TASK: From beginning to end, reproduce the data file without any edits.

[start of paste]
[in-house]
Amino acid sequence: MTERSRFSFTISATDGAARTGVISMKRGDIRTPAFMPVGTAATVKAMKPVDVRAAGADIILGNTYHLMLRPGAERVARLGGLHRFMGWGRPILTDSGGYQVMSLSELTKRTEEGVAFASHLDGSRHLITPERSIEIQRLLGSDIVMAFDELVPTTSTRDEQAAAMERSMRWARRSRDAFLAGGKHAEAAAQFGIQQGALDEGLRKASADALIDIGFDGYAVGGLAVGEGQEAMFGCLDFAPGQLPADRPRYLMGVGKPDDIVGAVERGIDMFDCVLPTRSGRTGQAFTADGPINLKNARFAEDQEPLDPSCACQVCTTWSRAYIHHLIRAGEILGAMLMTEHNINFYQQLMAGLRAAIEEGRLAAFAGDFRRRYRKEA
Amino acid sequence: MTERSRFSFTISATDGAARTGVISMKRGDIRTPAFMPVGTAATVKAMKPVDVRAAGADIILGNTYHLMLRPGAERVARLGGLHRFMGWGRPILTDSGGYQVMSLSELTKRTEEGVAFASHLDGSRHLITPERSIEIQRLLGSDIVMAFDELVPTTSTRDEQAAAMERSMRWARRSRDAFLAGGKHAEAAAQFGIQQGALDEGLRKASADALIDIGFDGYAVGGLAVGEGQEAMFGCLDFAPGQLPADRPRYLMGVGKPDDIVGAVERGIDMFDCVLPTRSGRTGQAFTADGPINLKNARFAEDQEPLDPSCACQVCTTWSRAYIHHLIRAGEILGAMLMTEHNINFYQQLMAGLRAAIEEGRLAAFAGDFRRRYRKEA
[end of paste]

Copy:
[in-house]
Amino acid sequence: MTERSRFSFTISATDGAARTGVISMKRGDIRTPAFMPVGTAATVKAMKPVDVRAAGADIILGNTYHLMLRPGAERVARLGGLHRFMGWGRPILTDSGGYQVMSLSELTKRTEEGVAFASHLDGSRHLITPERSIEIQRLLGSDIVMAFDELVPTTSTRDEQAAAMERSMRWARRSRDAFLAGGKHAEAAAQFGIQQGALDEGLRKASADALIDIGFDGYAVGGLAVGEGQEAMFGCLDFAPGQLPADRPRYLMGVGKPDDIVGAVERGIDMFDCVLPTRSGRTGQAFTADGPINLKNARFAEDQEPLDPSCACQVCTTWSRAYIHHLIRAGEILGAMLMTEHNINFYQQLMAGLRAAIEEGRLAAFAGDFRRRYRKEA
Amino acid sequence: MTERSRFSFTISATDGAARTGVISMKRGDIRTPAFMPVGTAATVKAMKPVDVRAAGADIILGNTYHLMLRPGAERVARLGGLHRFMGWGRPILTDSGGYQVMSLSELTKRTEEGVAFASHLDGSRHLITPERSIEIQRLLGSDIVMAFDELVPTTSTRDEQAAAMERSMRWARRSRDAFLAGGKHAEAAAQFGIQQGALDEGLRKASADALIDIGFDGYAVGGLAVGEGQEAMFGCLDFAPGQLPADRPRYLMGVGKPDDIVGAVERGIDMFDCVLPTRSGRTGQAFTADGPINLKNARFAEDQEPLDPSCACQVCTTWSRAYIHHLIRAGEILGAMLMTEHNINFYQQLMAGLRAAIEEGRLAAFAGDFRRRYRKEA